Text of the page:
Ling Qi began her meandering descent, her sense of urgency having faded with the acquisition of the nectar. As long as she delivered it by noon, she would be fine. The walk was actually rather relaxing now that the snow was no longer coming down so hard and the wind no longer so driven. That wasn’t to say she found her path completely unimpeded, but there was nothing that troubled her too much. She managed to shoot down a few more minor buzzards and once found herself standing off with a silvery white mountain lion, who eventually seemed to decide that she was too tough a bone to chew.
She noted a few interesting things like a herd of shaggy, grade one mountain goats that might make for good hunting with Han Jian and the others and a few places where plants she vaguely remembered hearing Su Ling talk about grew. She didn’t bother collecting them. Even if she managed to harvest them correctly, she would probably just forget about them before she could make use of them.
She really was a greedy girl, feeling put out that she hadn’t managed to find anything of real interest when she had already had a fortuitous encounter tonight. Ling Qi shook her head in bemusement at her thoughts as she carefully hopped across another ravine, her dress fluttering in the mountain winds.
It was beginning to warm up a little as she worked her way back down toward the treeline, and Ling Qi was glad for it. Even if she wasn’t harmed by the temperature, she was still soaked and cold and was looking forward to a nice warm bath when she got home. However, as she descended back into the frosted conifers that grew in this part of the mountain, she found that she still had some luck after all.
Working her way through the trees, she found a wide clearing atop a raised plateau where soft grass and hardy wildflowers grew. The light of the moon and stars seemed especially bright here. It might make for a good place to cultivate her Eight Phase Ceremony.
Unfortunately, it also seemed she wasn’t the only one here. While she was exploring the meadow, her instincts and senses picked up the approach of heavy and numerous footfalls, allowing her to slip away and hide in time. What she saw chilled her joy at the find.
It seemed the meadow was home to a rather large pack of Rimefur wolves. She counted at least fifteen of them, all grade two, in the group that entered the clearing. There was also a rather large pair, closer to the size of a horse than a wolf, among them. One was a heavily scarred and thickly muscled beast with blue white fur, and the other was a slightly smaller and sleeker wolf with black fur flecked with white. Her art could not read the exact stage of their cultivation, but she got the impression that they were not far from grade three.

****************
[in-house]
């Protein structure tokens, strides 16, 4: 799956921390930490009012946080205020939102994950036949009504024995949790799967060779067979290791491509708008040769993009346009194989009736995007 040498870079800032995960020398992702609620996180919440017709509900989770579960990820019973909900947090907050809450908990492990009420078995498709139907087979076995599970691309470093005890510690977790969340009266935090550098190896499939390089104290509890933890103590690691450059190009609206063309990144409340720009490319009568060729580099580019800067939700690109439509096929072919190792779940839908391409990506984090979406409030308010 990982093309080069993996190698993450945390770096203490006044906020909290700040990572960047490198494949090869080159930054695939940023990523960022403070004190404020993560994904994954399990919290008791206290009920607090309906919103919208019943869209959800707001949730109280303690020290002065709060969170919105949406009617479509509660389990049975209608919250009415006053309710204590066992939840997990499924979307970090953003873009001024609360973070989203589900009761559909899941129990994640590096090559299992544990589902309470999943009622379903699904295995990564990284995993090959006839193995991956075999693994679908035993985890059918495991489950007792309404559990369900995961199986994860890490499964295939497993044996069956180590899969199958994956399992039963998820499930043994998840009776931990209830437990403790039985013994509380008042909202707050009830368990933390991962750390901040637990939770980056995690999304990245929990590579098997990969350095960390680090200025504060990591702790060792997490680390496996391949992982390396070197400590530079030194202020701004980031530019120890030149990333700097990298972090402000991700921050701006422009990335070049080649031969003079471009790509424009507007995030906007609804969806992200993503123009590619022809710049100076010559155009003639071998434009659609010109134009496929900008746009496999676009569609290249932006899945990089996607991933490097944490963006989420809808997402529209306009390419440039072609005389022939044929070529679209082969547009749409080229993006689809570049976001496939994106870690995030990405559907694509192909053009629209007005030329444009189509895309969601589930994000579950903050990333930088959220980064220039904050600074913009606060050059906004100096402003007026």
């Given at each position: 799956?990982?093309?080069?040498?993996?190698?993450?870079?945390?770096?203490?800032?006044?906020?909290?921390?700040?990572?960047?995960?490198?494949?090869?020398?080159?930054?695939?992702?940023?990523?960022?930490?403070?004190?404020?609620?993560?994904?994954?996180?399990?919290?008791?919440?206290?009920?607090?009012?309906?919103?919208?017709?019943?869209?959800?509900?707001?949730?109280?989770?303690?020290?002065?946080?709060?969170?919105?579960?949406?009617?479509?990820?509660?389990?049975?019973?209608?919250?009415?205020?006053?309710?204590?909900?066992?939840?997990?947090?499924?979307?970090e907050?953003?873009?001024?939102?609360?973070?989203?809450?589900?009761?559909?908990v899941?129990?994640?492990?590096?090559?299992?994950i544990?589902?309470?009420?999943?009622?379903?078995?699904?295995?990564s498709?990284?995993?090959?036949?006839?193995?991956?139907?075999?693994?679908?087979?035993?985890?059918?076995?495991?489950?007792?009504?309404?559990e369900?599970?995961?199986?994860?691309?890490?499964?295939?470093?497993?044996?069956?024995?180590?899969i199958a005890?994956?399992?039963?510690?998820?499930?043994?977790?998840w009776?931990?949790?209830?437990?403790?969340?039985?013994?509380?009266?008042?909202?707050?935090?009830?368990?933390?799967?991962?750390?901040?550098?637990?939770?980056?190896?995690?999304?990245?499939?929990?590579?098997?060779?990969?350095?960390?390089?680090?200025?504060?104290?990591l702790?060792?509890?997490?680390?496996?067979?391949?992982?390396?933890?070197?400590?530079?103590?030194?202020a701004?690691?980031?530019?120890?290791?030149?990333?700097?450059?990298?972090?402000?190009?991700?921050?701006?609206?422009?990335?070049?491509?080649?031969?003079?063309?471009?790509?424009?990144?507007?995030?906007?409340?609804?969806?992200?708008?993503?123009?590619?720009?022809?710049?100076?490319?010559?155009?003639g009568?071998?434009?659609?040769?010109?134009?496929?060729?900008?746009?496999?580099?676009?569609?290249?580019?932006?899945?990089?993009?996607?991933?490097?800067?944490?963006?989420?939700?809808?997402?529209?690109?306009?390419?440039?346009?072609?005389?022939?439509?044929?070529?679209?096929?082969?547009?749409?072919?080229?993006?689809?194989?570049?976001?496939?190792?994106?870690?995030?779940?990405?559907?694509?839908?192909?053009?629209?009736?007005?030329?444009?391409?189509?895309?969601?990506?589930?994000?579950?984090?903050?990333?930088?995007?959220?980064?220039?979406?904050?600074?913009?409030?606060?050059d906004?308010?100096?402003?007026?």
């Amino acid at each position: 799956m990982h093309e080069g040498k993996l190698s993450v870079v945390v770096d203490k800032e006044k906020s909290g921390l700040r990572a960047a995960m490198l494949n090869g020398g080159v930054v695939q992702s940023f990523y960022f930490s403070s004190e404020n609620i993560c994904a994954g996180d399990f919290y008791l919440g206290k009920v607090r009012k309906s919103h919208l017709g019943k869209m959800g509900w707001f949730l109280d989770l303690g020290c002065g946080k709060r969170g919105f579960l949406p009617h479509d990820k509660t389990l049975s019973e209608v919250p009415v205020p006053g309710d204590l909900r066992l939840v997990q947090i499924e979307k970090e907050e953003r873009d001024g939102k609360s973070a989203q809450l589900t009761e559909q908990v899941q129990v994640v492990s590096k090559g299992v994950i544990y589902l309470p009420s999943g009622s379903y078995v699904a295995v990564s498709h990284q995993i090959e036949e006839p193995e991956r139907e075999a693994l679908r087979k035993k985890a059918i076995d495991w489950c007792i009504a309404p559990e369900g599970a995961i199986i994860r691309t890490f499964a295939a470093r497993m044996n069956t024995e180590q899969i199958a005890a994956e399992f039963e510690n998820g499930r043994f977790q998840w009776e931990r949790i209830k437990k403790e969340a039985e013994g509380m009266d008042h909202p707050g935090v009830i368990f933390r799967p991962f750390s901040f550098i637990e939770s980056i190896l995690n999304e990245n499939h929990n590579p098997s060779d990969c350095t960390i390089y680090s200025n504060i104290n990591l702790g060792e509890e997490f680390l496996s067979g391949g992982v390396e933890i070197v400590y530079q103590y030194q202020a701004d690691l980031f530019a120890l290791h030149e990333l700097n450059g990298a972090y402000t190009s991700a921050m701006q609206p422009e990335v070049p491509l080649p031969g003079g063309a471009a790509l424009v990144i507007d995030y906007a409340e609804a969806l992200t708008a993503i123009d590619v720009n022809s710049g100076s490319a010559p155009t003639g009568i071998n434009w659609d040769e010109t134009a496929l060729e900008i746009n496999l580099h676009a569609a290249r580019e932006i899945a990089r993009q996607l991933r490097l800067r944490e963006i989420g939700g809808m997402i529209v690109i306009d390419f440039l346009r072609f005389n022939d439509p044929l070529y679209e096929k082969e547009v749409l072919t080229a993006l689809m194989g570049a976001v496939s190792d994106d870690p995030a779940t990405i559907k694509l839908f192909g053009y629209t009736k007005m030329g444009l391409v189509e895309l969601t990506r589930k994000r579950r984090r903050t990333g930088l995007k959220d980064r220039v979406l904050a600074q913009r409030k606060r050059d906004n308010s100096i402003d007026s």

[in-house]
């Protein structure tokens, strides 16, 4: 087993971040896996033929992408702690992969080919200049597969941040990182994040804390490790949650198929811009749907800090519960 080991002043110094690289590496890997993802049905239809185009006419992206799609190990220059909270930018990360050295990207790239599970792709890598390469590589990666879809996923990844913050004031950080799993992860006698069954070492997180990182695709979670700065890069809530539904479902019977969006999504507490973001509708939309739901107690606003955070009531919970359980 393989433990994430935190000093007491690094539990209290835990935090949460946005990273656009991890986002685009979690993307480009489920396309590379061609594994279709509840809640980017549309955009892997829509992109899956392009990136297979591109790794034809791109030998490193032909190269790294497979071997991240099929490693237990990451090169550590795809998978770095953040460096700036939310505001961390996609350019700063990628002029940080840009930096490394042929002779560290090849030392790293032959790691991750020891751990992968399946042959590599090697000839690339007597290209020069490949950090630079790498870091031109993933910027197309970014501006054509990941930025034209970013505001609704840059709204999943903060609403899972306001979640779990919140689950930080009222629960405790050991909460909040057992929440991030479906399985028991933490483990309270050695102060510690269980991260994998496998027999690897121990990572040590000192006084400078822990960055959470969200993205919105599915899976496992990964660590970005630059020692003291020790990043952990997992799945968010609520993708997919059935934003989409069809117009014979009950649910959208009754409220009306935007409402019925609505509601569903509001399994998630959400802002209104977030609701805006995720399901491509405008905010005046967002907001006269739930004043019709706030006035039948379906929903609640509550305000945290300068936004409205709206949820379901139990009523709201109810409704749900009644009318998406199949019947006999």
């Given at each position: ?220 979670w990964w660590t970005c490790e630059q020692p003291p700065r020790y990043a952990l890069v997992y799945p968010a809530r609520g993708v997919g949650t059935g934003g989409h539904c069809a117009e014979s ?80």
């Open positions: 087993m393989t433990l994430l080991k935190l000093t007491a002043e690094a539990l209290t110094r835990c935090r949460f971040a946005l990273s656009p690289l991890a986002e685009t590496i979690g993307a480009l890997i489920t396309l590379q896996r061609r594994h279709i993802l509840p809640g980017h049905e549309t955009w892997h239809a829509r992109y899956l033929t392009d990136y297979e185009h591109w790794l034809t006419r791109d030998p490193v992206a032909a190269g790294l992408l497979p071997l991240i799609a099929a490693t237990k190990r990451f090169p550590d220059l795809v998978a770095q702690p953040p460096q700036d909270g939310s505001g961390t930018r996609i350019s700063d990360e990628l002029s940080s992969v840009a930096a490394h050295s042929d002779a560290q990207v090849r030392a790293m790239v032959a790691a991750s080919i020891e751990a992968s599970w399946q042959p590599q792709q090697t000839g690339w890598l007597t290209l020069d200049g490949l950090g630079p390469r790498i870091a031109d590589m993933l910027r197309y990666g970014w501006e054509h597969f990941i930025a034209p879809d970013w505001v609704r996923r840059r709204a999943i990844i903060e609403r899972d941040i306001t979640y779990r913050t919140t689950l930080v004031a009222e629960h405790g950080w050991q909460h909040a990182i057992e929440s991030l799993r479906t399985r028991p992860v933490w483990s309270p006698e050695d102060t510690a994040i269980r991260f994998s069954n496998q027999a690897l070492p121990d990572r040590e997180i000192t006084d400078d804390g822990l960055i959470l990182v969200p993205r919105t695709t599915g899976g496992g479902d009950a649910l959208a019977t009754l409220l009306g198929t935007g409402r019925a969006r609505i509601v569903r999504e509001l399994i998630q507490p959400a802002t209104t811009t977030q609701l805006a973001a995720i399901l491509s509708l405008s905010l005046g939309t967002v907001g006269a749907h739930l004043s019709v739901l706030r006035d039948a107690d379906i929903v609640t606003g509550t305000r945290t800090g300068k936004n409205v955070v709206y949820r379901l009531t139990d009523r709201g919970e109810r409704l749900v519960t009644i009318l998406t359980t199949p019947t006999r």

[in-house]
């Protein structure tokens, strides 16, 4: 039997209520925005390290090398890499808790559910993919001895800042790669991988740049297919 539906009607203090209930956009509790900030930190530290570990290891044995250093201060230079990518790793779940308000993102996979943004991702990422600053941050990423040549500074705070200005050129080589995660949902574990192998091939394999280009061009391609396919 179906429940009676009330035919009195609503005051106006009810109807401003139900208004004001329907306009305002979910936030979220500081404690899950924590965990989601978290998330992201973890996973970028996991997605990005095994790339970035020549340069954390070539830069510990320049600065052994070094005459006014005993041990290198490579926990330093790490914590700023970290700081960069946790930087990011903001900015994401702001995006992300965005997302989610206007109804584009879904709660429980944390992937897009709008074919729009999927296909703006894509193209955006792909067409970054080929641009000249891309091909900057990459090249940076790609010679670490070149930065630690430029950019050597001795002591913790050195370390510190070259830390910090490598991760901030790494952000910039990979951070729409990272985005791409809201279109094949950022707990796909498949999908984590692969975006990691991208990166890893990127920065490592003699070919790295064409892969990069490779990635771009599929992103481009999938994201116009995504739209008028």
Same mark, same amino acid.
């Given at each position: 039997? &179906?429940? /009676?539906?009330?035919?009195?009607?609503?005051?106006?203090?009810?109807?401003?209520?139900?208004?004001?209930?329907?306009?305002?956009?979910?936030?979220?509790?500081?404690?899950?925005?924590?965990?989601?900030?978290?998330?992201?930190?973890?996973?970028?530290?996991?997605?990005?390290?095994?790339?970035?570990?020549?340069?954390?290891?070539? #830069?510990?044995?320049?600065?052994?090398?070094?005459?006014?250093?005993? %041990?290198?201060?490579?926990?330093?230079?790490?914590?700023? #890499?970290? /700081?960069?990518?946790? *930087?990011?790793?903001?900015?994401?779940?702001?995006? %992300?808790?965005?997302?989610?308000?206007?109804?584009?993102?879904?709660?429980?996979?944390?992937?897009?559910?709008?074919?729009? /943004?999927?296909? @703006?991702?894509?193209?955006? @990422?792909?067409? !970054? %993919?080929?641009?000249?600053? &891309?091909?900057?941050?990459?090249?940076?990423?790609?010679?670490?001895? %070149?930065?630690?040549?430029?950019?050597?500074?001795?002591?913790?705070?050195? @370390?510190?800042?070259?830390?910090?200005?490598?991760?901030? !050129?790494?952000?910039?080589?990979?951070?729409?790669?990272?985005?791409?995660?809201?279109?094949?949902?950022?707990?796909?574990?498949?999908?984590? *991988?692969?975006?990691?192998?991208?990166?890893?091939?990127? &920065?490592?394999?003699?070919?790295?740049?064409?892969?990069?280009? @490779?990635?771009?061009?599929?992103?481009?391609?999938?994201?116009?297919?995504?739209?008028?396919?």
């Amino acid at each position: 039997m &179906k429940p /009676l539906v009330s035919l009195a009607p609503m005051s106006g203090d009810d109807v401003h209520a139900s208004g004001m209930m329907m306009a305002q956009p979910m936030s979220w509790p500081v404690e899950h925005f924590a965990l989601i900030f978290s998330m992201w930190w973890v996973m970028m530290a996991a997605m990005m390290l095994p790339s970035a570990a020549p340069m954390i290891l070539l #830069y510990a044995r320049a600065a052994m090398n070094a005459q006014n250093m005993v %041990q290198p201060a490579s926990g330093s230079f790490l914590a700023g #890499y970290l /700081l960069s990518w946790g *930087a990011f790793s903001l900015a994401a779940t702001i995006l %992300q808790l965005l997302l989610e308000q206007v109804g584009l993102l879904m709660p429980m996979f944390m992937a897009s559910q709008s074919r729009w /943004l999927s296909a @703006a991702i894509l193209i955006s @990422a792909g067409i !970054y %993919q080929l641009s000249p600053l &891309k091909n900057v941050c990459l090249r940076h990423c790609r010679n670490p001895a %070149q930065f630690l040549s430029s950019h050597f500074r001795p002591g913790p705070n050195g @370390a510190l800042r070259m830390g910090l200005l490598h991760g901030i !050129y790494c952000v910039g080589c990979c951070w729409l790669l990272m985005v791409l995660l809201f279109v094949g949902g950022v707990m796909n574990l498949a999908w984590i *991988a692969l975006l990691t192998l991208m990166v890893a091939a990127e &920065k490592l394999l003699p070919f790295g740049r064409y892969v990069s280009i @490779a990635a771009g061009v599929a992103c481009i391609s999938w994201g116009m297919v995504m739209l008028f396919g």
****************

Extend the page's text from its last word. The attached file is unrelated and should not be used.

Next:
She didn’t think she could take this group - not alone - and that was only confirmed when she found herself locking eyes with the smaller of the alpha pair. She fled at top speed, blending with the darkness as the incensed howls of the wolfpack followed her down the mountain. Thankfully, Ling Qi was as fleet as a mountain wind, and she was able to escape successfully with the aid of her Sable Crescent Step art, even if it was rather taxing on her qi.
It was the better part of an hour before they finally stopped chasing her, and her legs burned from the exertion. She had definitely been put through her paces when it came to speed tonight.
She was glad to return to the more civilized part of the mountain and head home for that bath. She exchanged greetings with Bai Meizhen, who was seated at their table staring at a block of clay as if it had personally offended her somehow, and then settled in for what remained of the night.
In the morning, she took the time to cash in the common cores she had picked up. They were fairly low quality, and she still wasn't great at harvesting so she only managed to get five stones for each. Better than nothing.
Strangely, there seemed to be a rumor going around that a dozen odd disciples had come limping into the Medicine Hall in the early morning with nasty, badly bleeding wounds. What was up with that, she wondered with a slight smirk.
Well, it had nothing to do with her anymore. It was time to start preparing for the next week.